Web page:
Step two of "The Joel Test: 12 Steps to Better Code" states "Can you make a build in one step?". My answer to this is currently no. My application is structured as follows:

+-MyApp // this is just a vanilla Java Application
+-MyWebApp // this Dynamic Java Web Application (deployed Tomcat and launches
           // a thread contained in MyApp) 
+-MyCommonStuff // these are common classes shared between MyApp and MyWebApp
                // Ex. Database access code & business classes

In order to build and deploy my software I perform the following steps:
1. Checkout MyApp, MyWebApp, MyCommonStuff from svn
2. build MyCommonStuff.jar and copy to a "libs" directory
3. build MyApp and copy to a "libs" directory
4. build MyWebApp.war (Ant build.xml file specifies where MyApp.jar and MyCommonStuff.jar are located)
5. The deploy portion of build.xml used Tomcat deployment tasks to deploy to a tomcat server.

My question is does the Joel rule above apply to this scenario. i.e. should there be a "master" build script which executes steps 1. to 5.?
Should the script just be a normal #/bin/sh script or are there tools I can leverage. My preference would be stick to using Ant and linux console commands.


You can (and should) use maven2. It supports everything required (via plugins). You just need to conform to its directory conventions.

In addition I'd suggest a Continous Integration Engine, which will take your maven configuration and execute and deploy everything. Hudson and TeamCity are good options.

  • I feel using maven would be an overkill for what I'm trying to achieve. The learning curve is too steep for the benefits I get in return - which is why I stated "My preference would be stick to using Ant and linux console command". Thanks. – user63904 Feb 15 '10 at 11:18
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    that's often a wrong train of thoughts. Ant scripts are capable of doing this but you'll end up with a more complex script which is harder to support than if you use maven. – Bozho Feb 15 '10 at 11:21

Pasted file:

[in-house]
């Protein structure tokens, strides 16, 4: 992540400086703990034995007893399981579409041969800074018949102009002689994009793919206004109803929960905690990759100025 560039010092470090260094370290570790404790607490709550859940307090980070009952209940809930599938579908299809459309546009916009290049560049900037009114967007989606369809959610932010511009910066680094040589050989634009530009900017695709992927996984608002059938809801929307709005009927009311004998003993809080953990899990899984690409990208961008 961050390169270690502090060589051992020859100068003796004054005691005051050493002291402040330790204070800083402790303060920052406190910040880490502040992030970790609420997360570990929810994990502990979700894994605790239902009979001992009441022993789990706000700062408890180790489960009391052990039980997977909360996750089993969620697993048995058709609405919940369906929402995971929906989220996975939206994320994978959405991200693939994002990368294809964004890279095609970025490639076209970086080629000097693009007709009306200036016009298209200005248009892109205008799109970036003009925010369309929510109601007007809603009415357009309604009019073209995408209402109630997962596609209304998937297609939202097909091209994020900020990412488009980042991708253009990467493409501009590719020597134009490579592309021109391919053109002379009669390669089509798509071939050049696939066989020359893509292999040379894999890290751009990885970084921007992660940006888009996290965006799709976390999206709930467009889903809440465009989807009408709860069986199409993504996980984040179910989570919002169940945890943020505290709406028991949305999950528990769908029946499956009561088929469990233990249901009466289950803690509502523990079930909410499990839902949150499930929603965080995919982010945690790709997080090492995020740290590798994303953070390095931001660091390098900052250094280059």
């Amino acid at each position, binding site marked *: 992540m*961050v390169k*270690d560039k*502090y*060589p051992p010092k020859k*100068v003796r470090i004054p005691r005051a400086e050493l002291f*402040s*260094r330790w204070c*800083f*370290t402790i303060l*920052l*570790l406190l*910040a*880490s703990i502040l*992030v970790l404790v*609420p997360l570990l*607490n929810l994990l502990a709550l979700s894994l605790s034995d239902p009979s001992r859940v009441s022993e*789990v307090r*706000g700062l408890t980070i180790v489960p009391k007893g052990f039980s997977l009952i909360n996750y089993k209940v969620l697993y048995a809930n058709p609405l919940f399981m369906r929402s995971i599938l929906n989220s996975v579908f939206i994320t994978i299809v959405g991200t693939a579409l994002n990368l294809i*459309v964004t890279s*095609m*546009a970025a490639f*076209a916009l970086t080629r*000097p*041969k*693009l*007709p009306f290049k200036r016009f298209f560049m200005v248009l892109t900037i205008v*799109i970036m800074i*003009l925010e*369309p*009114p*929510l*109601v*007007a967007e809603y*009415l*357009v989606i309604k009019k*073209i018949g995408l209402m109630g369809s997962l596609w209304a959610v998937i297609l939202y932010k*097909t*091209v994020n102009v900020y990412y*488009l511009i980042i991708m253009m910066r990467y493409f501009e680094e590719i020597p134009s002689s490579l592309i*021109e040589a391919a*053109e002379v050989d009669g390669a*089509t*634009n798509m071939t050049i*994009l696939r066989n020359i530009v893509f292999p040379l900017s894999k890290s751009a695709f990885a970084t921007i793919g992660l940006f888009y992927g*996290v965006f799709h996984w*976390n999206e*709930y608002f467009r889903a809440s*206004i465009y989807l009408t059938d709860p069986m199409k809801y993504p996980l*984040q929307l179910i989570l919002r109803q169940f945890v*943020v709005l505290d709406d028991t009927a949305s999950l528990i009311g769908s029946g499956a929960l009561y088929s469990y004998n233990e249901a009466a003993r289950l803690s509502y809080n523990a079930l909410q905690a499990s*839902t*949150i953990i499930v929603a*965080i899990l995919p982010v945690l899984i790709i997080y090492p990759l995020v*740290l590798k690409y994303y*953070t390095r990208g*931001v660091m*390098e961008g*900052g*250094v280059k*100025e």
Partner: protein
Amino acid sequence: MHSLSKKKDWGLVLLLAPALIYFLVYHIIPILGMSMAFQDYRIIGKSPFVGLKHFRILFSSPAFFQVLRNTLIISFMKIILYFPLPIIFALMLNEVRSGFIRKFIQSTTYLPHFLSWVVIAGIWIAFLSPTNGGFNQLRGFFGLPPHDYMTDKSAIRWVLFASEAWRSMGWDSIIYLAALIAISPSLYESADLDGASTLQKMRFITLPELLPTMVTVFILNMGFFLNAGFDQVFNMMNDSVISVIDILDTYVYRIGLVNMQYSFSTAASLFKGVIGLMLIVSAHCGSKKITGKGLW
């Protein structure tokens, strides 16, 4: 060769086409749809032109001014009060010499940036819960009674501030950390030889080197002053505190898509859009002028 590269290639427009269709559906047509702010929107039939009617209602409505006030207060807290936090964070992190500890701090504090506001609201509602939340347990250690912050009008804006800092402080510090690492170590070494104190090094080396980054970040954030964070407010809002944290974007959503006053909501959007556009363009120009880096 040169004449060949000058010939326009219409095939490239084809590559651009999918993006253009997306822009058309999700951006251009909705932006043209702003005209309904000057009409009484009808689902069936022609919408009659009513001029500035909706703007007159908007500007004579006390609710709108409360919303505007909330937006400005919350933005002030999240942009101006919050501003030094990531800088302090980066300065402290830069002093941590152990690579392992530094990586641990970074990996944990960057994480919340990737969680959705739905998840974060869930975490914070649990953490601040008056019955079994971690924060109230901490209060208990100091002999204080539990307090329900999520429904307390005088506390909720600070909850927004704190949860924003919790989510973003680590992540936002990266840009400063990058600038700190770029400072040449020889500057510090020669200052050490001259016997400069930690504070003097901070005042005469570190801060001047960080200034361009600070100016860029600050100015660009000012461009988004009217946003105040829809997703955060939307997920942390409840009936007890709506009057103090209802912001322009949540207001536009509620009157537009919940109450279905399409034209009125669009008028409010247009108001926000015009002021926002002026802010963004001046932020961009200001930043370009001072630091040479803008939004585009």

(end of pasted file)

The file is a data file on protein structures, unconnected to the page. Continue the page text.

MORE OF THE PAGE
• even if its for something simple, using a standard tool like maven will probably pay off in the future if you are to maintain/extend the project. However, there are some pain points in maven, especially if there are libraries that have not been mavenized (but you are using). Perhaps ant is a good option after all – Chii Feb 15 '10 at 11:22
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    non-mavenized libraries can be used in local repositories, so that's no issue. – Bozho Feb 15 '10 at 11:24

An alternative to Maven, if you just want to use Ant, is Ivy. This is just a dependency manager, a bit like Maven but without all the other stuff Maven does.

I would suggest using one of the two. If you have a project with dependencies like this, you're going to make it so much easier for yourself if you store them in a central repository and use a dependency manager to include them!

  • and he needs "all the other things that maven does" :) – Bozho Feb 15 '10 at 11:26

You should do a global Ant script, calling all little ant parts through the Ant ant task.

Edit after reading other answers : you should also use maven. But if Maven is really overkill, and you just want to launch the whole build in one step, use a global build.xml

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